Lower carb chili

lower carb chili; Paleo notes, too.
 On a cold, grey winter day in Kansas, sitting down to a bowl of chili for dinner just feels right. But now that we’re trying to lower our carb intake, I needed to rework our favorite chili recipe.

My approach to low carb would more accurately be called “balanced carb.” I try (try!) to make sure every meal and every snack has a balance between carbs and proteins. (Did you know that going super-low carb or no carb for too long can mess up your serotonin? Not a good thing, if you have issues with insomnia, depression, etc.)

Most chili recipes have more carbs than protein: some by a small margin, some by a lot. The most popular chili recipe on AllRecipes has almost twice as much carbs as protein — 55g and 31g, respectively. So I set out to see where I could cut out carbs and maybe even sneak in some more protein.

First of all, the beans. Beans are carbs, but most experts consider them healthy carbs. So I kept them in, but cut them back to half a can. A little label-reading taught me that the kind of beans I use can help, too. Look at these labels for red kidney beans — the traditional chili bean — and black beans; check out the ingredient list…

Yep, that’s right: the red beans contain sugar and dextrose (a sneaky way for the manufacturer to avoid listing sugar higher in the list of ingredients), the black beans don’t. Plus, the black beans have about 50% more iron than the red ones. So there’s an easy switch.

Here’s another one: instead of just using tomato sauce and/or diced tomatoes for the liquid, I used a small can of tomato paste (checking to make sure there’s no sugar hiding in there), and used beef stock for the rest of the liquid. The stock brings a bit of protein to the party, plus I like the flavor it adds.

Other healthy-choice change-ups: I added a bit of red bell pepper to bring some fiber and vitamin C, and used turkey sausage instead of hamburger. Mostly for the flavor. And I actually prefer turkey sausage to pork. I just like the leaner flavor. If you don’t, feel free to sub your favorite pork sausage.

I added up all the carbs and protein in my revised dish, using the label info and this handy resource, and guess what! This chili actually has more protein than carbs. 22g of carbs, 25.5 g of protein.

Paleo notes:

You can just leave out the beans to make this Paleo. Diced avocado, added just before serving, makes a nice substitute for beans, texture-wise, and adds some healthy fat. If you love cornbread with your chili like I do, here’s a recipe for gluten-free flourless cornbread and here’s one for Paleo cornbread – with no corn!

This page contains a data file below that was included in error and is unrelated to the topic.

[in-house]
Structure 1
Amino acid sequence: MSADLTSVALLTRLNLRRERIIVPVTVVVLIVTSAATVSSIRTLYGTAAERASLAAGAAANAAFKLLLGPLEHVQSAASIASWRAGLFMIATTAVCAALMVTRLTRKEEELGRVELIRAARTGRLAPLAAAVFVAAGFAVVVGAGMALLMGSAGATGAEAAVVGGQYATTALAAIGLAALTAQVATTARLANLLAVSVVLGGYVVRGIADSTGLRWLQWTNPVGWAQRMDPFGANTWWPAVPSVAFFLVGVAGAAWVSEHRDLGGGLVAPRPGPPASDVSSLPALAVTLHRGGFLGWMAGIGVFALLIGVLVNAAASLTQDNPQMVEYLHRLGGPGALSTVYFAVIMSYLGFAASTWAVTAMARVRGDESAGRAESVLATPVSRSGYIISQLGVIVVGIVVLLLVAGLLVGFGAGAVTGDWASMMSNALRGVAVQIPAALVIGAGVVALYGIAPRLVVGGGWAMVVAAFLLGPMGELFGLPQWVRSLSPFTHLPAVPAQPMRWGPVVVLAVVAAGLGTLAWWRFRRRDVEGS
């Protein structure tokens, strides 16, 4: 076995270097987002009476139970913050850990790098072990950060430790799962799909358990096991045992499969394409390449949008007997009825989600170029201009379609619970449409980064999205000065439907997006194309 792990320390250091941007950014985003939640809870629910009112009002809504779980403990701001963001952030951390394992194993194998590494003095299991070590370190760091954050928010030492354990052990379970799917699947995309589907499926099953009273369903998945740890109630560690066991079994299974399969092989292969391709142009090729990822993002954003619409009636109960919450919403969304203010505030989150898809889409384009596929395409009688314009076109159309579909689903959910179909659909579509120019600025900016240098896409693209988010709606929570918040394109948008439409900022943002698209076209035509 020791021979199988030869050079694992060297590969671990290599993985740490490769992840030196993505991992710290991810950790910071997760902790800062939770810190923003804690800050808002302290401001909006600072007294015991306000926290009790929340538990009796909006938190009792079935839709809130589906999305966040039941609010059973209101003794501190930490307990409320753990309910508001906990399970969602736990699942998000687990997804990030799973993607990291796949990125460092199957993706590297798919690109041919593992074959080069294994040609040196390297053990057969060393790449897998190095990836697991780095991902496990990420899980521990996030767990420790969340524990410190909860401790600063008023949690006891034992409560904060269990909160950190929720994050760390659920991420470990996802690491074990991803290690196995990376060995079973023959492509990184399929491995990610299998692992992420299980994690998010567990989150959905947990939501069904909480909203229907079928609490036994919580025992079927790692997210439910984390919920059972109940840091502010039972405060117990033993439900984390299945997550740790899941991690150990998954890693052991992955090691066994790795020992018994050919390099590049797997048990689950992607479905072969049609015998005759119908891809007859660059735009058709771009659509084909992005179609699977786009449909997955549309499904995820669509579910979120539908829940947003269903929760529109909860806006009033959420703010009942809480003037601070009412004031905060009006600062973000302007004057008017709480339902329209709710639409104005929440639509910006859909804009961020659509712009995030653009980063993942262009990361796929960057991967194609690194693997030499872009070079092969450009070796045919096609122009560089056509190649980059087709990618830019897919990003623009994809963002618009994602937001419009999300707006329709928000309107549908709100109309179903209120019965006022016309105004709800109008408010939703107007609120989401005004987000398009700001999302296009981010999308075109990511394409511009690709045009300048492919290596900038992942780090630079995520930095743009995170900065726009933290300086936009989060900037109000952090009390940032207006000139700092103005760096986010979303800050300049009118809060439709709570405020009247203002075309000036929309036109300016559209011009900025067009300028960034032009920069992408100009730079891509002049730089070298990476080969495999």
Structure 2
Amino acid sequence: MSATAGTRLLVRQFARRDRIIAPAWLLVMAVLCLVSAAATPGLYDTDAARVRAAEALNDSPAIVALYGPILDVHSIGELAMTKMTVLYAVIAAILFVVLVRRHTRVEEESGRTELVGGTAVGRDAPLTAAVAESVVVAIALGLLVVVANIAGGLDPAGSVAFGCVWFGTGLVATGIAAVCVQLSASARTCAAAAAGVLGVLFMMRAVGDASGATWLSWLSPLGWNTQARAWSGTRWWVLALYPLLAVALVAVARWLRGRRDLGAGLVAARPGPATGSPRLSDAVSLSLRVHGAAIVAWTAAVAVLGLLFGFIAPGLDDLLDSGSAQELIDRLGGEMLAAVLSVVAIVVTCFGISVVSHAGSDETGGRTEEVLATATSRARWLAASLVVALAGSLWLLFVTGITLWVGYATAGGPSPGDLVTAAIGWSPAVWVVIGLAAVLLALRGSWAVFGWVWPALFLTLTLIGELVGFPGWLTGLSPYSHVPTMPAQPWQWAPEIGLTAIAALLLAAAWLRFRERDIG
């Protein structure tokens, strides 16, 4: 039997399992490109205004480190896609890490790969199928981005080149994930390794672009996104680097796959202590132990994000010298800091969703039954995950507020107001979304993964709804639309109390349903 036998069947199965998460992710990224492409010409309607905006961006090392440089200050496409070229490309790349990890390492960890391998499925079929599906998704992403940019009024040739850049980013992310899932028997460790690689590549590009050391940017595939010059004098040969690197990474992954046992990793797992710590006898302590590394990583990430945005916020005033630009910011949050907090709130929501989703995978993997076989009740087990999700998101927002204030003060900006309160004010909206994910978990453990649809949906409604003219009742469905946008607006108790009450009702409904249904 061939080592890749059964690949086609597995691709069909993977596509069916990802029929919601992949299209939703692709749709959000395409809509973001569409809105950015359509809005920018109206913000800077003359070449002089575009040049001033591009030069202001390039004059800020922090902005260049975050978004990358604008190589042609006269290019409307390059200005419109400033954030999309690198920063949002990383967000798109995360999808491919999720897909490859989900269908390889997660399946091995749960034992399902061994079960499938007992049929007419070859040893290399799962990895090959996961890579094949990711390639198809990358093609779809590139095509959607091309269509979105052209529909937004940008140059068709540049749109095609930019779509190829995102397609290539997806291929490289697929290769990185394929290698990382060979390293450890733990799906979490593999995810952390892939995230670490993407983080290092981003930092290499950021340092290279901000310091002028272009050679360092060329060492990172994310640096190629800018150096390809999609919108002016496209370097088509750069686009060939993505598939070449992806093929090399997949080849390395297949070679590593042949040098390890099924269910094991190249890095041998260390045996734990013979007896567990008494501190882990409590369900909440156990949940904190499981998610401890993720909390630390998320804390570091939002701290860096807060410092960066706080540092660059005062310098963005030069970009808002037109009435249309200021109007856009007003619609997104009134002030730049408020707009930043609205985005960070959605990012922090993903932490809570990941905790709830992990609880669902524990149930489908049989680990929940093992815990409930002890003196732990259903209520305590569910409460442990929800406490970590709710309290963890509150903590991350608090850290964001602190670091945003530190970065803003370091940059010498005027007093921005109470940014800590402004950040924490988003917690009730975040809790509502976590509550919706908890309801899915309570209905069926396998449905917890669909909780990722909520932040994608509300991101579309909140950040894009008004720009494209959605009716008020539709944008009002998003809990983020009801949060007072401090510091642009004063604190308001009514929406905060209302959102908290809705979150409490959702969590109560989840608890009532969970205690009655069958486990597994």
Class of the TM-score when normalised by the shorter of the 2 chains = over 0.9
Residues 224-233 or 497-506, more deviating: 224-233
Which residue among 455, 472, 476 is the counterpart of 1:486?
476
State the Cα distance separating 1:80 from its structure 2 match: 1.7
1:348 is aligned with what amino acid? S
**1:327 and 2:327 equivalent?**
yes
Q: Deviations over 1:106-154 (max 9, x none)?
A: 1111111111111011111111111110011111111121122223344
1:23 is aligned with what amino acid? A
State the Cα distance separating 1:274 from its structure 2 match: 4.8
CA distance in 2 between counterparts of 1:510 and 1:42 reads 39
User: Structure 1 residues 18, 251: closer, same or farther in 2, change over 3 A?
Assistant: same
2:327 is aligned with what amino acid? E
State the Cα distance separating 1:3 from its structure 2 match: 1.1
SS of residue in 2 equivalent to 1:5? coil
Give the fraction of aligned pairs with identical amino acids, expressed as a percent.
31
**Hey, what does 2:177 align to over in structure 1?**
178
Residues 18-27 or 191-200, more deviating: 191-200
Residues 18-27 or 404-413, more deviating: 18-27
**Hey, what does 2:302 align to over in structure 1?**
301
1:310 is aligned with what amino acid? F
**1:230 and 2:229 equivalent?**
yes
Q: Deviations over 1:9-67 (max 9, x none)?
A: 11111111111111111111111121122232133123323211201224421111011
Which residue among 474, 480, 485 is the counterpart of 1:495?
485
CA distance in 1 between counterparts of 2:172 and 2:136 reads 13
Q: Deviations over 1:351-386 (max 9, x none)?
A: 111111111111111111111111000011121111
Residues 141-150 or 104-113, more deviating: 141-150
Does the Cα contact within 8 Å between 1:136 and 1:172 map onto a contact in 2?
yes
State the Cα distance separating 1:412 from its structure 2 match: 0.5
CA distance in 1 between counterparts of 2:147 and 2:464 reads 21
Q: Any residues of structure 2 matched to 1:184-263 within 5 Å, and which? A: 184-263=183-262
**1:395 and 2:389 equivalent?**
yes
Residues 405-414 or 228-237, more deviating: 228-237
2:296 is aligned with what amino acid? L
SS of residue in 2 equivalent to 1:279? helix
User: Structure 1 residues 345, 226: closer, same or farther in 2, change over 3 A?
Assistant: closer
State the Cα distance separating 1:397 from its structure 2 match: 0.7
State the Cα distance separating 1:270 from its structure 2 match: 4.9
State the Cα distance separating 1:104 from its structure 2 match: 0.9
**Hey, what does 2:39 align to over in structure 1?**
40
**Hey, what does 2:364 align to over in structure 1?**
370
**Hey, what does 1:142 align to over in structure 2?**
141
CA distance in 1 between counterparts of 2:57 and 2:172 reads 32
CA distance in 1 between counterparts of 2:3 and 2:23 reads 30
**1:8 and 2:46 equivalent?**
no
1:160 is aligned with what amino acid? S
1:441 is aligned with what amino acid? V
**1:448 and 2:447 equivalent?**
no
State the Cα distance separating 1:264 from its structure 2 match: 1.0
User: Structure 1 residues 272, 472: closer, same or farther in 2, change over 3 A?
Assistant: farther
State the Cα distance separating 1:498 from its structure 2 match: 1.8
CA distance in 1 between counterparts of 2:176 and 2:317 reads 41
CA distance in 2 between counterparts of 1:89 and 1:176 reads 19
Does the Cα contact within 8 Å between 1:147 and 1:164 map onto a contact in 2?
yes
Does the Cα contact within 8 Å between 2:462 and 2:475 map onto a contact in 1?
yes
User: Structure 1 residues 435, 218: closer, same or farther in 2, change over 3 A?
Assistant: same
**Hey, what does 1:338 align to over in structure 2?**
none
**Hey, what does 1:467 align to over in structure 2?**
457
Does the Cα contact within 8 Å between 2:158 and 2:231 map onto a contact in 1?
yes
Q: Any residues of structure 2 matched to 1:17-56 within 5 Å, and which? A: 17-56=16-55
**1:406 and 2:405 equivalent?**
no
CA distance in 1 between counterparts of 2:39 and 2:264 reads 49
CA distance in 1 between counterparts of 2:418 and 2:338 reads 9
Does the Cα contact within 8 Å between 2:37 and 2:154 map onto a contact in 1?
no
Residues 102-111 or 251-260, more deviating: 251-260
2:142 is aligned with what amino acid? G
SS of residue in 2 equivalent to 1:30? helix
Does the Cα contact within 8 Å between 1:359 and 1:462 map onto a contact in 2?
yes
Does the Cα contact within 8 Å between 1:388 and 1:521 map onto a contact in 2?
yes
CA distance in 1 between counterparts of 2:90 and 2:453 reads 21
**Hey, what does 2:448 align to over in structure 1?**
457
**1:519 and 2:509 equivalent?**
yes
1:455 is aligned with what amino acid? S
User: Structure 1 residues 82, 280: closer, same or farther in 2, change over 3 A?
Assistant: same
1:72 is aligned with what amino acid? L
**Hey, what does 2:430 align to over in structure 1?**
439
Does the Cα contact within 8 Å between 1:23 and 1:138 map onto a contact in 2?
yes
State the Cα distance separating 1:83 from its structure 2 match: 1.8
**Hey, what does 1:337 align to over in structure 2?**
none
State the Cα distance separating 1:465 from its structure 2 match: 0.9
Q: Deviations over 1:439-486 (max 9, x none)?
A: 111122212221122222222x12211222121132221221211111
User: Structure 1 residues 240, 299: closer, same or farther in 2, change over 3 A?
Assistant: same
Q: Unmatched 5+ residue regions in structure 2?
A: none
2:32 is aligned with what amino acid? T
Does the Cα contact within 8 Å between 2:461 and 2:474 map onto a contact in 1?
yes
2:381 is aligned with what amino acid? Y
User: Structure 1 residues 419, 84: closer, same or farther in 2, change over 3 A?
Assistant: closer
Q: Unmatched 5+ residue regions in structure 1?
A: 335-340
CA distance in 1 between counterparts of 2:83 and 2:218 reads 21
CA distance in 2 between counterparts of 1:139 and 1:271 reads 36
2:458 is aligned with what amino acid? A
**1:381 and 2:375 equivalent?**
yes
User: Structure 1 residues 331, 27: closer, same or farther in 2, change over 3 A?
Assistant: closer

Lower Carb Chili (Paleo possible)

3-4 servings (can easily be doubled)

spices:
1 t. chili powder
1 t. ground cumin
1 t. dried oregano
3/4 t. ground ancho chili pepper
1/4 t. salt  or 1/2 t. kosher salt
1/4 t. freshly ground black pepper

1 T. olive oil
1/2 large onion
1/2 red bell pepper
2-3 cloves garlic
1 lb. turkey Italian sausage
1.5 c. beef stock
1 can (6 oz.) tomato paste, no sugar added
1/2  can beans, no sugar added: kidney, black, pinto, or a mix; rinsed and drained
optional: sour cream, Greek yogurt, shredded cheese, green onion for garnish

Mix the spices together and set aside.

Heat oil over medium heat in 4-quart pot. (Larger, if you’re doubling the recipe.) Chop the onion into about 1/2″ pieces and add it to the pot. Chop the bell pepper into about 1/4″ pieces; I cut it into long pieces one way then turn the cutting board 90 degrees and chop them the other way. Add the peppers to the pot, then mince garlic and add it.

Once the onions are translucent and the peppers are fairly tender, push them aside and put the sausage in the center.

I like to let the first side sit there till it’s nicely browned, then turn the whole thing over. Then as the second side cooks, stir and chop it to break it up. Cook, stirring occasionally, till no more pink shows. Once the sausage is browned, drain most of the fat from the pan.

Return the pan to the heat and add all of the spices. Stir until sausage is well coated with spices; simmer one minute more. Add in the broth and tomato paste and stir till well combined. Turn heat to med-high. Once it comes to a boil, add the beans and turn it down to a simmer.

Cover partially and simmer for 20 minutes to 2 hours. If it gets too thick, add broth. Just before serving, taste and adjust seasoning if necessary. Serve with sour cream (or Greek yogurt), shredded cheese, and green onions, if desired.

Jana

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